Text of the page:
Searching the News Library is free. Download articles you want for only $4.95 each.

Soap and hope Crafting couple won't let early hurdles bar


Publication: THE CHARLESTON GAZETTE
Published: Sunday, October 01, 2000
Page: P1B
Byline: Greg Stone

gregstone@wvgazette.com TIOGA - Some industrial sites, such as Weirton's steel mill, loom as gray monoliths. They dominate landscapes and define communities.

The Tioga Soap Factory is housed in the Bragg family's garage.

"It's not much of a factory," admits Delores Bragg.

Ah, but the action that takes place in these Nicholas County cubbyholes. Lye colliding with fat to produce chemical violence.

Essential oils and fragrances performing an olfactory dance. Delores' jungle machete chopping up the finished product.

It's all a dream right now, hatched by Delores and husband Duane Bragg, a retired Navy man. Like most dreams, Delores is willing to start small.

"I'd like to make enough to sleep nights, maybe," says Delores, 49.

Anxiety about the business venture isn't keeping her up. Go-Mart is.

Delores works the midnight shift at the Craigsville convenience store, toiling in the deli.

Once she has made breakfast for early-to-work miners and wood plant workers, Delores returns home for a few hours' sleep. She gets up about 1 p.m. Time to make the soap.

Her "factory" consists of a kitchenette and adjacent room just off the garage of the Braggs' brick rancher.

In the kitchenette, she mixes very specific amounts of lye and water, then an equally exact combination of lye and fat.

The lye and fat together produce a chemical reaction essential to cleaning and lathering. "If you don't have that reaction, you don't have soap," Bragg explains.

Lye, known chemically as sodium hydroxide, is leached from wood ashes.

It is used most often these days to unclog drains, producing a hot, bubbling reaction with water.

The Granny Clampett School of Soap Making called for the fat to come from lard. Bragg, in order not to offend animal-rights-minded customers, uses coconut, palm and olive oils in her recipes. "All Vegetable Soap," reads the homey label on her bars.

Once the ingredients have produced the desired reaction, Bragg adds either a fragrance or essential oil, to give her products their distinctive smells.

She pours the steaming liquid concoction into rectangular, wooden trays and adds dye. Once the soap sets up, she cuts the tray's contents into 40 2-by-3-inch bars. After making marks with an ordinary knife, she uses a machete to make cross cuts.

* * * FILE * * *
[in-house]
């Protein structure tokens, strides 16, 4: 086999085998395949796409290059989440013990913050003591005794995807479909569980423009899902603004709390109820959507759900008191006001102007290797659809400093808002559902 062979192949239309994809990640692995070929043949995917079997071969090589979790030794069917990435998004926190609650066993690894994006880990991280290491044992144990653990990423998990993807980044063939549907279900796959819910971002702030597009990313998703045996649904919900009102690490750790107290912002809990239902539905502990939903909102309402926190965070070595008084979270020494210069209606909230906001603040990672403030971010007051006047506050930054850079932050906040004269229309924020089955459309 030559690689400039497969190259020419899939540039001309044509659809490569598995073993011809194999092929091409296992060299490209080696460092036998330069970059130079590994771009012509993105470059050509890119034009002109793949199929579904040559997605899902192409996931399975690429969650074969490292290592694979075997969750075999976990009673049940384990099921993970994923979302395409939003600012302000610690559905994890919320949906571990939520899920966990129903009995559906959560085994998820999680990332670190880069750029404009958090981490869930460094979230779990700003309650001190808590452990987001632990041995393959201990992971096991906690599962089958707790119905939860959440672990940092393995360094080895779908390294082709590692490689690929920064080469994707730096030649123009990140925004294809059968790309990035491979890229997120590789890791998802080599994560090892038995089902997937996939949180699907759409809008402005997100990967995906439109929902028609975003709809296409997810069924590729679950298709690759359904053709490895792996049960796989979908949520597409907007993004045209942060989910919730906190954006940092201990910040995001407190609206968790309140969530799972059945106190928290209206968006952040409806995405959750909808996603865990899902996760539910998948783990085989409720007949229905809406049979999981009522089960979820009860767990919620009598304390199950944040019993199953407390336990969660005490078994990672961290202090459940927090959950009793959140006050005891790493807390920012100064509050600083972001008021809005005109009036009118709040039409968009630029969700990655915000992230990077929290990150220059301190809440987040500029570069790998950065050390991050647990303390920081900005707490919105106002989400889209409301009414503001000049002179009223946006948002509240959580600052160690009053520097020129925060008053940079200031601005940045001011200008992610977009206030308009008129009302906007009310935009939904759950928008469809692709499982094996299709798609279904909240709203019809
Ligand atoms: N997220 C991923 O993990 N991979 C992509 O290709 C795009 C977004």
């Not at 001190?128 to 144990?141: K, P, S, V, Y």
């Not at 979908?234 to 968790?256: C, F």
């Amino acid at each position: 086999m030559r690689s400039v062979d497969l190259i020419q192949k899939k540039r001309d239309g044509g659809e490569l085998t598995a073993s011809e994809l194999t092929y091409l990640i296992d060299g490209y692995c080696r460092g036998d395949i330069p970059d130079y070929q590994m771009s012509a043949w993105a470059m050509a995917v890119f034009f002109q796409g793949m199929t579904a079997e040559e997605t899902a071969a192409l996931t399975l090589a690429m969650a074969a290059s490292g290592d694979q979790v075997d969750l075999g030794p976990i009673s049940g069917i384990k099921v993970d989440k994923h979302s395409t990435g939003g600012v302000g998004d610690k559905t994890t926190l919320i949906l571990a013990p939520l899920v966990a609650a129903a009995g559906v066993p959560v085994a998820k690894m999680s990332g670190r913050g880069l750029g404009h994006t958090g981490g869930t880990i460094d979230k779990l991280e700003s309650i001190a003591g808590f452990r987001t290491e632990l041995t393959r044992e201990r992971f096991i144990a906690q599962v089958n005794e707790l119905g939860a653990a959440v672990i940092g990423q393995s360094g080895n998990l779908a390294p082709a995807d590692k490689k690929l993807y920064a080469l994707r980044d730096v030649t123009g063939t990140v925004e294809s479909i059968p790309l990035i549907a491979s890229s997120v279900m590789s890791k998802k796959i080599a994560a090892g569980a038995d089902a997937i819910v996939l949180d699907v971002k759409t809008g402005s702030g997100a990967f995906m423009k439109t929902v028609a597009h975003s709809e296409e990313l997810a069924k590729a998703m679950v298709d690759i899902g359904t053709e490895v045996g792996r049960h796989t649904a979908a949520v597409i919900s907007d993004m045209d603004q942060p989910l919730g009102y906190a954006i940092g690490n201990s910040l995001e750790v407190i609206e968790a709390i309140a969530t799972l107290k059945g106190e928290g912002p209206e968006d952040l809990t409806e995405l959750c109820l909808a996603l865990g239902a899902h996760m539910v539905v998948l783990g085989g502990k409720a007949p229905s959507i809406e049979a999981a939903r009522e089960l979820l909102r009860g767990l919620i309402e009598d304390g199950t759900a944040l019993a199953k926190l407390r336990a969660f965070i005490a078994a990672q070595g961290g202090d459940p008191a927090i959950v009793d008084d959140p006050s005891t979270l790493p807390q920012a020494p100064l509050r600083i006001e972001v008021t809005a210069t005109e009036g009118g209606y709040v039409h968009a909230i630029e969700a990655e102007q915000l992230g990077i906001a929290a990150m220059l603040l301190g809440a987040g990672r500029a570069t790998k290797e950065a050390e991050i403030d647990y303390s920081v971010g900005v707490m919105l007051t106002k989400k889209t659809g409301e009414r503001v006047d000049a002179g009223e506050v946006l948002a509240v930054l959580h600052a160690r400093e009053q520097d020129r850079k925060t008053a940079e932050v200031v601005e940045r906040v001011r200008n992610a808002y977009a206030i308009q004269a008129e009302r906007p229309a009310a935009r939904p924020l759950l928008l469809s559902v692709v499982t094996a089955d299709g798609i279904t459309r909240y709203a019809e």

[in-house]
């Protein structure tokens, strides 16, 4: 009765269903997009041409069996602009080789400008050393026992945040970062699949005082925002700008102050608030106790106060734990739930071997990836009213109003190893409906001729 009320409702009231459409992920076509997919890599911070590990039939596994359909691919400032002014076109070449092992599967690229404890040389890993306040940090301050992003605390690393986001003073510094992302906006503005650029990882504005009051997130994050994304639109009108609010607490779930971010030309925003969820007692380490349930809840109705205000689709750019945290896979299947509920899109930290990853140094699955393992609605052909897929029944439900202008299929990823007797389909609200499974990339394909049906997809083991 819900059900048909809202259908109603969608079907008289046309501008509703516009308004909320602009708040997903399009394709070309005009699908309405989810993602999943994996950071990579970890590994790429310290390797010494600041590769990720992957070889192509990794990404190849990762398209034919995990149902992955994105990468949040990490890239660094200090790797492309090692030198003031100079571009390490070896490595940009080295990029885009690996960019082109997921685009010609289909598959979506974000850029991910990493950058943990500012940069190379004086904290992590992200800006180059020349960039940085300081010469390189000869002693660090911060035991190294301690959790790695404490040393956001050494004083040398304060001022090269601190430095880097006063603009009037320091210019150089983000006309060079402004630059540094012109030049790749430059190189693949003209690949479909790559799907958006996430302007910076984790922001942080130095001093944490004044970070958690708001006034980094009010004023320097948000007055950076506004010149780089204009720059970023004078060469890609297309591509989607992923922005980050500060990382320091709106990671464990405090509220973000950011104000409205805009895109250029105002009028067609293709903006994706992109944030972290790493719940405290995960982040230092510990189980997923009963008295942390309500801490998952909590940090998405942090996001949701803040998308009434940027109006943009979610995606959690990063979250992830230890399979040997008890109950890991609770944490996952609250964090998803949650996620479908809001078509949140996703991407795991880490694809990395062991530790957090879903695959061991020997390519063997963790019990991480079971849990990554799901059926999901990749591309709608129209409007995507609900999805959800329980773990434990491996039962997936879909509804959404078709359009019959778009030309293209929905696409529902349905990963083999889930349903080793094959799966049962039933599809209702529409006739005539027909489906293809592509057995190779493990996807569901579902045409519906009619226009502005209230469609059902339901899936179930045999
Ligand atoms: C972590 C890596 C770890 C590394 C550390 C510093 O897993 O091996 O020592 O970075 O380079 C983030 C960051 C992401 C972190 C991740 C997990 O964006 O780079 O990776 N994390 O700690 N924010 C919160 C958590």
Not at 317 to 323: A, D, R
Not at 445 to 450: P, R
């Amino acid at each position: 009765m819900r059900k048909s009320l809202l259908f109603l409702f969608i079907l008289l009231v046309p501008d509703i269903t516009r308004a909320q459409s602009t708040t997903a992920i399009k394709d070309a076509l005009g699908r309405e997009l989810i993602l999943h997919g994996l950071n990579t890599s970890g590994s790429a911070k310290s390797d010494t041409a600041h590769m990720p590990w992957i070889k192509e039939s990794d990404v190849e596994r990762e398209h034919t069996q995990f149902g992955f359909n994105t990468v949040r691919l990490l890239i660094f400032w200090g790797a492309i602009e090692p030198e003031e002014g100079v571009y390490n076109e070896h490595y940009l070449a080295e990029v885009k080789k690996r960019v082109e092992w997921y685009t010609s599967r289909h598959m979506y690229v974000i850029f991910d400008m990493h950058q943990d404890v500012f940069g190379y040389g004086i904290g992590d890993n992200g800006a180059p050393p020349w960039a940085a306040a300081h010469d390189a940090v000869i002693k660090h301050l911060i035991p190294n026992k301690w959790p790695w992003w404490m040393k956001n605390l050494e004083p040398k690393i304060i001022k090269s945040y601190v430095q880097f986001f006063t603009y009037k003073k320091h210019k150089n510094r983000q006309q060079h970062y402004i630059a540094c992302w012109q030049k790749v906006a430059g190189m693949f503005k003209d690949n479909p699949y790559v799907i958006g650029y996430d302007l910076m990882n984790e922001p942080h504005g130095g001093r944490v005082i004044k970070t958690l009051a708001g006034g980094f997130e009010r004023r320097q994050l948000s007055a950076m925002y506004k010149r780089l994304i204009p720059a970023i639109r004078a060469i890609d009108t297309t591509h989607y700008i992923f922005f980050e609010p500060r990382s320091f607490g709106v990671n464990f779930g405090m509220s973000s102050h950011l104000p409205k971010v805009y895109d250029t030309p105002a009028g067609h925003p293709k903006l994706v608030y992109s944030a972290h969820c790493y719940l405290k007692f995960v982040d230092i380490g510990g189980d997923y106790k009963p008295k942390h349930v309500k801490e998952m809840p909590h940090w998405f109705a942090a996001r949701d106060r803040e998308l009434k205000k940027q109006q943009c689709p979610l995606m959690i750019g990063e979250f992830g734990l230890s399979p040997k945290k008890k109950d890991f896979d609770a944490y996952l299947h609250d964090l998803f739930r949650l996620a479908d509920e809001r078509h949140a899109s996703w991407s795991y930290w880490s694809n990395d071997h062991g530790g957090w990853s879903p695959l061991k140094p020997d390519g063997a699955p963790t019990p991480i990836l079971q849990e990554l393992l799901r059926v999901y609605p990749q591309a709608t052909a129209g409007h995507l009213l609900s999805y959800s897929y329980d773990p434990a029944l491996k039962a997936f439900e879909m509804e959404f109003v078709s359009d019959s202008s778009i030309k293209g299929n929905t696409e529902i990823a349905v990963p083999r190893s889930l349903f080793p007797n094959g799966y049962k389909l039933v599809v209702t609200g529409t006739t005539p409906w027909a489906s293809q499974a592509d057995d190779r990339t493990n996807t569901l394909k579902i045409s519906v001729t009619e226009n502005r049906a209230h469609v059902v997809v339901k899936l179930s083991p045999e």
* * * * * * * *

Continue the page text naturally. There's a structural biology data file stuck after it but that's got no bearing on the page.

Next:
Still, the deed isn't done.

The soap must cure from four to six weeks, in order for the strongly alkaline lye to neutralize. Because of all the different steps involved, Bragg works each afternoon in the kitchenette, churning out blocks.

Duane, 50, helps when he gets off work helping handicapped clients find jobs. Around 7 p.m., Delores goes back to bed, to prepare for another night in the deli.

It's a grueling schedule, one she hopes to trade some day. She also hopes the soap business is enough to put her youngest son through college.

Why soap?

"It was always a dream of mine to own a little craft store," she said.

"And my husband was always pushing me to do something with my crafts, to make money." One day, while watching TV, the light bulb came on. She saw a man on the tube making soap. I can do that, she thought.

To the Internet she went. Two months later, she clutched recipes and a basic knowledge of soap making.

She turned out her first batch in January and began selling the bars for $3 each in April. The Braggs are still looking to break even on their investment, though they have cut and wrapped about 1,500 bars.

A peek inside a kitchenette cabinet reveals why. The Braggs have about $1,000 worth of oils and fragrances on one shelf, including sandalwood, peppermint, lavender and rose. One 16-ounce bottle of peppermint is $28. They pay $50 a bucket for palm oil.

Despite the price of the peppermint, Delores can't get the stuff to congeal with the lye and coconut oil. It crumbles. "I'm not going to be able to sell a single bar of it." Other varieties have been easier to make. Their "Hunter" soap is made from an actual white oak and birch bark tea that is mixed with the lye.

Oak moss, fern and spruce essential oils are added.

"I guess you end up smelling like a tree," she said.

The Braggs are getting a crash course in small business. So far, they've marketed their product to an antiques store in Flatwoods, a Richwood flower shop and a Summersville gift shop. Their soap can also be found at Country Road Cabins in Hico. The cabins house out-of-town rafters. A Lewisburg crafts show later this month is another target.

"In three years, I think we should be pretty well started, with a lot more repeat buyers," she said.

Tamarack, the state's arts and crafts outlet in Beckley, remains an elusive market. Delores presented her creamy, rich lathering creation to a jury earlier this year. They didn't smell or wash with the soap, she said. Jurors were more concerned that her label - featuring a picture of her oldest son as a small boy - wasn't polished enough. She was also asked to shrink wrap the bars.

The couple is willing to roll with the punches, in hopes of realizing their dreams. When Duane retired from the Navy, the Braggs moved from Norfolk, Va., back to Nicholas County, where they both grew up.

They chose the slower pace of West Virginia. They wanted their children to attend smaller, safer schools.

Still, the move has come at a price. Duane's Navy pension allows the family a fairly comfortable existence, but substantial employment is hard to find.

"When I grew up, Richwood was just a booming town, stores all over the place. I'd like to see those jobs come back." Sounds like a few more factories are in order.

To contact Delores Bragg, call 742-5345.

To contact staff writer Greg Stone, use e-mail or call 348-5195.

Search for:
(Search Help)
Headline
Byline
Publication
Article Dated